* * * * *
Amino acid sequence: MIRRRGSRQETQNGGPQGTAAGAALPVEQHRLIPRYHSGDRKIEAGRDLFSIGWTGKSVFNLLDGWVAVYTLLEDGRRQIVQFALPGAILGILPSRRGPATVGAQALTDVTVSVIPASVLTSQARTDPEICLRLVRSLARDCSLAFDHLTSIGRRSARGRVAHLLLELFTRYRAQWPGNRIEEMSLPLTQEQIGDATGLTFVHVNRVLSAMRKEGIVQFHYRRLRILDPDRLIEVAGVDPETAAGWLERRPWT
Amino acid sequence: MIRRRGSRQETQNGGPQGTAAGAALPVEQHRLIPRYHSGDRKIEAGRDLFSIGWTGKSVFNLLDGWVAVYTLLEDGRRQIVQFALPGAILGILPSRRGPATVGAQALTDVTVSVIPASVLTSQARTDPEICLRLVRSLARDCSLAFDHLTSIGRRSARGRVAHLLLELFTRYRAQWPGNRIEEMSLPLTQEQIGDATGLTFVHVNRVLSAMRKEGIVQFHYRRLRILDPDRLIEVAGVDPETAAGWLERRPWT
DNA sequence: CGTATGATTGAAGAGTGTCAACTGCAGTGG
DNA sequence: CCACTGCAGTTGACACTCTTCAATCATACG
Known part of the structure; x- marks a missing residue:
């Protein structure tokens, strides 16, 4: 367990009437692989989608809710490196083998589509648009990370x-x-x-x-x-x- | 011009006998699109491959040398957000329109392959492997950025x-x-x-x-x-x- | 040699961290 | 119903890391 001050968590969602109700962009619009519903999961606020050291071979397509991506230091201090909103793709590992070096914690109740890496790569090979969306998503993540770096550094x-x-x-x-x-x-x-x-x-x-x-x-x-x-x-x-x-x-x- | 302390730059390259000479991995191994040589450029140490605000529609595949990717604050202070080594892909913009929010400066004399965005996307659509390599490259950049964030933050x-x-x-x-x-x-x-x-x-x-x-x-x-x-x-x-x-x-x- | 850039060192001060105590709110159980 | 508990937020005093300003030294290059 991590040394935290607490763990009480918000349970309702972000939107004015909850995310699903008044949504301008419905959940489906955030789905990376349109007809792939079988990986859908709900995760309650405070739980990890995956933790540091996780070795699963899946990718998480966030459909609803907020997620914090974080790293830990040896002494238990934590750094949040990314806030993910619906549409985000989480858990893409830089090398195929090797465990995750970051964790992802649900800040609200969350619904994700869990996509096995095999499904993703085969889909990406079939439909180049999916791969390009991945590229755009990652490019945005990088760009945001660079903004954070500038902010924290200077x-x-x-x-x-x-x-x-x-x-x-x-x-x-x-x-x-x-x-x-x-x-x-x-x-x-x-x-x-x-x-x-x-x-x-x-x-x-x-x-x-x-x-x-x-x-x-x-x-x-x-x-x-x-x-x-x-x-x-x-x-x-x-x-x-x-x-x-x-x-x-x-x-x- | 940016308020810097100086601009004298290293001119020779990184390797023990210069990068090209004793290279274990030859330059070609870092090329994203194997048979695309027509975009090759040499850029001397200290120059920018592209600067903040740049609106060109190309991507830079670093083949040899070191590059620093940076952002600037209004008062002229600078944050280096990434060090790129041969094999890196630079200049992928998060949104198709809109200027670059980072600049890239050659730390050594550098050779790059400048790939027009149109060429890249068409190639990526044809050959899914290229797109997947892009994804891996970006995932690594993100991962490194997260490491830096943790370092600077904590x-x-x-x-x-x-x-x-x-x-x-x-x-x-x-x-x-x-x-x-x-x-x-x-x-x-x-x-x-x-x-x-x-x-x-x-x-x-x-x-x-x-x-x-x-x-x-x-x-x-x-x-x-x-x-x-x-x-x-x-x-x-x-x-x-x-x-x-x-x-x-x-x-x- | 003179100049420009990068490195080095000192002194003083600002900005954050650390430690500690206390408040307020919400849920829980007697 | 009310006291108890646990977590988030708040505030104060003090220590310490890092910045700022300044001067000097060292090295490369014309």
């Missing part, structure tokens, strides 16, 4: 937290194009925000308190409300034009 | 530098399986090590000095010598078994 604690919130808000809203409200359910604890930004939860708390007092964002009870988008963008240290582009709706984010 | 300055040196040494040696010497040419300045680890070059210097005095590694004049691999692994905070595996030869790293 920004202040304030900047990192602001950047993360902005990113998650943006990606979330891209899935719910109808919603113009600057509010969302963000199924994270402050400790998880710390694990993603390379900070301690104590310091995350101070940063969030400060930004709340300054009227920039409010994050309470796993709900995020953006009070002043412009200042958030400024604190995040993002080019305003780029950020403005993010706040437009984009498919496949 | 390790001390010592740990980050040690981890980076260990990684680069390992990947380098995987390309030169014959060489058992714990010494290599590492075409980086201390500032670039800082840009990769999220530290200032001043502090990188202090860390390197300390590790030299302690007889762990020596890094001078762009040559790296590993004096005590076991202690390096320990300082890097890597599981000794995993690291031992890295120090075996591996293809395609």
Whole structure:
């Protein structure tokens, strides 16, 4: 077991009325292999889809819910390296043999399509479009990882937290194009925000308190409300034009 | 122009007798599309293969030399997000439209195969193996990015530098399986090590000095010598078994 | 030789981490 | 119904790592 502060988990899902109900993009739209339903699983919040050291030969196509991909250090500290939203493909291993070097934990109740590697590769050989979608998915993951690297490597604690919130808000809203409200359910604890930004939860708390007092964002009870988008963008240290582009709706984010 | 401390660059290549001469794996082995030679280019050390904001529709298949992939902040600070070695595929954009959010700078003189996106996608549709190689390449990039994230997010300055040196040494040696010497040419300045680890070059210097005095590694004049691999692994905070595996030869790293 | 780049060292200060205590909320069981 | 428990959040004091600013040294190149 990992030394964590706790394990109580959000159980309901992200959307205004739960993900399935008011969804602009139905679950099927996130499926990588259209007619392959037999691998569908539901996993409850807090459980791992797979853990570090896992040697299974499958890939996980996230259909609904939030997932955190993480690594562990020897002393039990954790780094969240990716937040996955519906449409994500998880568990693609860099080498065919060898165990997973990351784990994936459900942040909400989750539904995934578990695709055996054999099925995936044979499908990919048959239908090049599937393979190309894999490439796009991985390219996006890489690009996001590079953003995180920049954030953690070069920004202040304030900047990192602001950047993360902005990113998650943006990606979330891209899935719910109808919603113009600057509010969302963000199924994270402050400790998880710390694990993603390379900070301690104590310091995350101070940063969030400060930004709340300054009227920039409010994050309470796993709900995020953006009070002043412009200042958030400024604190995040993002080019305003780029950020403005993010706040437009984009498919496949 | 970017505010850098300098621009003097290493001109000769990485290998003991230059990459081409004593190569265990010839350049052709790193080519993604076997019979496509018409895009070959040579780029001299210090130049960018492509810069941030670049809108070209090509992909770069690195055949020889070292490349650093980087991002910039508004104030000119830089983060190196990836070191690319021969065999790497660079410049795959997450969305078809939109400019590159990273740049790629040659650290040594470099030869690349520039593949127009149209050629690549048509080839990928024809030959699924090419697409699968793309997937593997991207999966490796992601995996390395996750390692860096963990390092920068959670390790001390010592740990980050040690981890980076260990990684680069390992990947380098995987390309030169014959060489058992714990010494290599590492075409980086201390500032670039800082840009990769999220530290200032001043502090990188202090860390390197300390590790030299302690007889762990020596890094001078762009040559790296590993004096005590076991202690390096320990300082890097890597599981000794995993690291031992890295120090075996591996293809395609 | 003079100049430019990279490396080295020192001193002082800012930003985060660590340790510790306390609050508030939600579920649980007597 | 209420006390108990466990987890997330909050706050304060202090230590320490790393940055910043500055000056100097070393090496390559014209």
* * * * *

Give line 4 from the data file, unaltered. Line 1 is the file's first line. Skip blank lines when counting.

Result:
DNA sequence: CCACTGCAGTTGACACTCTTCAATCATACG